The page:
New Here?
     
Posts tagged "Fleming Rutledge"


The Raising of the Crucified One ~ Fleming Rutledge

The speaker from the talk below received a standing ovation at our 10th Anniversary conference in NYC. Her book, The Crucifixion, has gone as viral as a 700-page theological magnum opus can. She’s Fleming Rutledge, speaking this time about the resurrection.

The Raising of the Crucified One ~ Fleming Rutledge from Mockingbird on Vimeo.

PS. Expect an excellent interview with Fleming in the upcoming Love & Death Issue of The Mockingbird. If you haven’t already subscribed, you can do so here!

Another Week Ends: Angelism and Gnosticism, Hero Donors, Internal Fact-Checking, Parent Gardeners, More Fleming, and Lots of Fishing Line

Another Week Ends: Angelism and Gnosticism, Hero Donors, Internal Fact-Checking, Parent Gardeners, More Fleming, and Lots of Fishing Line

1. “Gnostic” is the dig du jour, apparently. Has anybody else noticed it everywhere? Perhaps it is because “righteousness by knowledge alone” pretty aptly describes what’s going on in the never-ending politically divisive/campus sensitive saga we can’t seem to get clear of. Another article to add to that pile came to us from American Conservative this week, about the inherent gnosticism of the term “woke.” “Woke,” which is an ever-changing, never-achievable term, represents the ideal form (or infinitude of forms) of social consciousness:

This new adjective woke is a stamp of approval, a self-congratulating label, a goal, a challenge. Most importantly,…

Read More > > >

The Rev. Mrs. Fleming Rutledge is Not Ashamed of the Gospel

The Rev. Mrs. Fleming Rutledge is Not Ashamed of the Gospel

For several years now, people have been saying to me, “Sarah, you’ve got to read the Rev. Fleming Rutledge.” And for several years now I’ve politely nodded and thought to myself, “Sure, I’ll add him to the list of ordained dudes whose books I need to read.”

That was, until last year, when I heard about Fleming Rutledge’s latest book, The Crucifixion: Understanding the Death of Jesus Christ. I googled this Fleming character and much to my surprise, this photo appeared:

The beautiful hair, the earrings that can only be described as “earbobs,” and that scarf draped with…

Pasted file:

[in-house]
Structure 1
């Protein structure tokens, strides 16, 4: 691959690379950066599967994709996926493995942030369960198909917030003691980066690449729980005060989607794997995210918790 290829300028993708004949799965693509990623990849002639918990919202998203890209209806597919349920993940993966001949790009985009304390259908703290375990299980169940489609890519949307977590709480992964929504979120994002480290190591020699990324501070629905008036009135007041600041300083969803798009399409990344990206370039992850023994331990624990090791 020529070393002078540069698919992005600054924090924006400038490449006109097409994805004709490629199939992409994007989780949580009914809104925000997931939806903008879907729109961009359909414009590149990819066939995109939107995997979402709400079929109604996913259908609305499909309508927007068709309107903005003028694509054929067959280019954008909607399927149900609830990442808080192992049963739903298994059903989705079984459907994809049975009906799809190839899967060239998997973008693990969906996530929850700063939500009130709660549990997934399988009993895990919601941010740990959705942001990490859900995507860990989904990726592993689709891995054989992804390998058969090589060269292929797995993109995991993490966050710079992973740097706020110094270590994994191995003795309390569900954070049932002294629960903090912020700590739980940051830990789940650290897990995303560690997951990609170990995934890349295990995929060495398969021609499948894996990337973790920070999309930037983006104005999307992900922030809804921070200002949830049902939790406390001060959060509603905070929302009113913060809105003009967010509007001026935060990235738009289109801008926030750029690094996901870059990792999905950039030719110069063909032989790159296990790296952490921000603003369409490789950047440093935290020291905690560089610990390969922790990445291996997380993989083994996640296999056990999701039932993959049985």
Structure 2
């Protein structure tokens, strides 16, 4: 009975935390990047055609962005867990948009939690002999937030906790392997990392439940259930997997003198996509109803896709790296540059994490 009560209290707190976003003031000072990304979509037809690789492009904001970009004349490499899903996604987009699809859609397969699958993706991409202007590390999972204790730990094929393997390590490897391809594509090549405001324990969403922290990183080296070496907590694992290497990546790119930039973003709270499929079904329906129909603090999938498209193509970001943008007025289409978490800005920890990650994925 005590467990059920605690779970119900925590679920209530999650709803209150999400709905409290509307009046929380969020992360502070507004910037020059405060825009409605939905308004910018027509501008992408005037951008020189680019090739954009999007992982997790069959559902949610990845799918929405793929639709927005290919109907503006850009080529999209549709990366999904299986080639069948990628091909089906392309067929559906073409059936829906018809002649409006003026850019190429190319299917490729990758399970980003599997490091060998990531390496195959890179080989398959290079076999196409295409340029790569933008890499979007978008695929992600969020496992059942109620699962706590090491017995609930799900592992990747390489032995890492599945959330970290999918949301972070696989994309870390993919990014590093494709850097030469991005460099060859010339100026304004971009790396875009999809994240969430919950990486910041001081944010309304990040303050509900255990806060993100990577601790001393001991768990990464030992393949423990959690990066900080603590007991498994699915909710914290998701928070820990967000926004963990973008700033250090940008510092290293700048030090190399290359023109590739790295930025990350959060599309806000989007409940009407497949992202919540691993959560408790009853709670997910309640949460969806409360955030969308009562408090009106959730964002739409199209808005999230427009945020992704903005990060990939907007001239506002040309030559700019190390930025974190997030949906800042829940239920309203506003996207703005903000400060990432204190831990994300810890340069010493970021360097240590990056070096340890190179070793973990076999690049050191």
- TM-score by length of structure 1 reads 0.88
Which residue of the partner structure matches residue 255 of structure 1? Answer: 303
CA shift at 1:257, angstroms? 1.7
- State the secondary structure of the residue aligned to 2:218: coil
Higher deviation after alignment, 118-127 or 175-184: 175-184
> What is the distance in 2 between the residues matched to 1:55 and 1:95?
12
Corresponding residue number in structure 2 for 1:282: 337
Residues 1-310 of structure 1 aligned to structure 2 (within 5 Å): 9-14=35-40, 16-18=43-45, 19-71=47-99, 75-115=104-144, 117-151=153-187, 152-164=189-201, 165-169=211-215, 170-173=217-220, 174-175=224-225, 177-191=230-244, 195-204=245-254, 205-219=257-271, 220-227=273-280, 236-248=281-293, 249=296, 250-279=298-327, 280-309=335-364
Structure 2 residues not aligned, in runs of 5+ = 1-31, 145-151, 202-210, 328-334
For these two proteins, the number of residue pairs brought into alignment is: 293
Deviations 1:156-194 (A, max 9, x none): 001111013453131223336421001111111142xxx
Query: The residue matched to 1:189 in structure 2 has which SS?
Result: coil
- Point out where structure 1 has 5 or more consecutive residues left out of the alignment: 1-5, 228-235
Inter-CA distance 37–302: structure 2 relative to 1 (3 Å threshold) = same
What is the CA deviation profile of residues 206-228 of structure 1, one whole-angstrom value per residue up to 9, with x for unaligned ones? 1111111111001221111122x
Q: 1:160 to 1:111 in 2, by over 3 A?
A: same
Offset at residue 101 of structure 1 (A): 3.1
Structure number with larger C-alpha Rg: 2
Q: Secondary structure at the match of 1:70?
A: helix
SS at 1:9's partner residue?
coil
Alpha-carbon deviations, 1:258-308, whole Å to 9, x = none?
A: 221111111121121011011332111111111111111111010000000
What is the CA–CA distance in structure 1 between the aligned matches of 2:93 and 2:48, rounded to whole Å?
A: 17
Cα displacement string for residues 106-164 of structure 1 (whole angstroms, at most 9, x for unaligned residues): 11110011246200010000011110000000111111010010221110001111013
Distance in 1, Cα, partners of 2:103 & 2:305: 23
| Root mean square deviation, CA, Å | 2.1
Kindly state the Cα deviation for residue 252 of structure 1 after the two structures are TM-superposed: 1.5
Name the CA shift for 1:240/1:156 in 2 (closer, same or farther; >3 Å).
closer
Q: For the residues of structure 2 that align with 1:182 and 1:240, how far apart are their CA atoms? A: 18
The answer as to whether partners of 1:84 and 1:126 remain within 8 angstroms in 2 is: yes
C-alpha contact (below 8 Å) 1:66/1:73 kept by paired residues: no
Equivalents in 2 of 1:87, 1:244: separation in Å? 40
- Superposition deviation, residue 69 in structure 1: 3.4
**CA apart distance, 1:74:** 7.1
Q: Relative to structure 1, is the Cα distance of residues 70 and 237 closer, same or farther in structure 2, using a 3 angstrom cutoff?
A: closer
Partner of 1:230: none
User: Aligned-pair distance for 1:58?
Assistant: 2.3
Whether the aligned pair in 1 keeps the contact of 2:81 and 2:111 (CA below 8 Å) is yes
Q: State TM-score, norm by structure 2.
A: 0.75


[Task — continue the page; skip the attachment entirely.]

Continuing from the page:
Read More > > >

The Teachers Are Afraid of the Pupils

The Teachers Are Afraid of the Pupils

They say you can trace the exact moment the Great British Public fell out of love with Morrissey to the release of his 1996 album, Southpaw Grammar. It sounds like just the sort of brazen pronouncement rock critics love to make, more of a conversation-starter than a statement of fact. And yet, you can’t really argue that opening a ‘pop’ record with a 12-minute glam-rock dirge heavily sampling Shostakovich was the safest strategy for holding onto the affections of a wide audience. Which is precisely what Morrissey did with his “The Teachers Are Afraid of the Pupils”, an epic that…

Read More > > >

Sit and Watch as Tears Go By

Sit and Watch as Tears Go By

Mockingbird has several shibboleths; one is the word, “abreaction.” Type that into the search on this website, and you will come up with a slew of great articles about it or containing the term. Go ahead, do it, I’ll wait.

See, I told you.

In the abridged version of Frank Lake’s Clinical Theology, Lake defines abreaction this way:

“A technique employed in psychoanalytic therapy by which repressed emotions, which belong to earlier and usually painful situations, are relived vividly and with feeling, thus lessening the emotional tension caused by inner conflict and its repression. “

My version of that would go something like this. You know when you hear…

Read More > > >

A Halftime Show Not of Human Origin

A Halftime Show Not of Human Origin

“I want you to know, brothers and sisters, that the gospel that was proclaimed by me is not of human origin” (Gal 1:11).

Lady Gaga began her halftime show from a perch high above everyone else: Above the stadium, underneath a drone-filled night sky, she was dressed in what Variety called “an MTV exec’s idea of what Y2K was going to look like” — in other words, a glittery silver spacewoman outfit; her eyes were bedazzled with a silvery mask.

Everyone I spoke to beforehand was eager to see what Gaga would do but anxious about whether or not she would get political. In that sense, it was…

Read More > > >

Religious Experts vs. the Cross: On Reading the Book of Job

Religious Experts vs. the Cross: On Reading the Book of Job

In the first chapter of Fleming Rutledge’s incredible book, The Crucifixion, she explains that modern Christianity shares the same widespread rival as early Christianity: gnosticism. She doesn’t mince words bringing the dusty historical term back down to the ground: “All the various forms of gnosticism are grounded in the belief that privileged spiritual knowledge is the way of salvation.” With one swoop of the vested arm, Rutledge knocks down the pawns of self-help, educated elitism, not to mention a massive percentage of the modern-day Christian church—in short, “religion”. To cherry-pick some of her key remarks on this subject:

Defining this philosophy is no…

Read More > > >